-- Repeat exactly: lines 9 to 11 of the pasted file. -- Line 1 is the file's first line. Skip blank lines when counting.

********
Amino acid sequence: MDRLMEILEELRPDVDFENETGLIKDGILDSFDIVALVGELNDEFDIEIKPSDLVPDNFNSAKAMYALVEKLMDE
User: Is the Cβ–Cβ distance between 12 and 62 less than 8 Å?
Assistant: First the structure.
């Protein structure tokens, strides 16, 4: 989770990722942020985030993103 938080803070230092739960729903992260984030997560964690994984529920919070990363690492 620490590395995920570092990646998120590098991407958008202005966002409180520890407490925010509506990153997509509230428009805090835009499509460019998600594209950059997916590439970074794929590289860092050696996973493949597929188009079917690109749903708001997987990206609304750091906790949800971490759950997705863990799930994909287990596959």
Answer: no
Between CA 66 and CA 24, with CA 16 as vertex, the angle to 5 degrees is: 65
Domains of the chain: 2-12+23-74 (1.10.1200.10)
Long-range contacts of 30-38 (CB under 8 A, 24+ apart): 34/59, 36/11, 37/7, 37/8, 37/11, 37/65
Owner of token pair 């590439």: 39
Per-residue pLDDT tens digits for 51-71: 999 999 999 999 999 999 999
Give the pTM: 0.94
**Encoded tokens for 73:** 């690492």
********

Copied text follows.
Owner of token pair 């590439």: 39
Per-residue pLDDT tens digits for 51-71: 999 999 999 999 999 999 999
Give the pTM: 0.94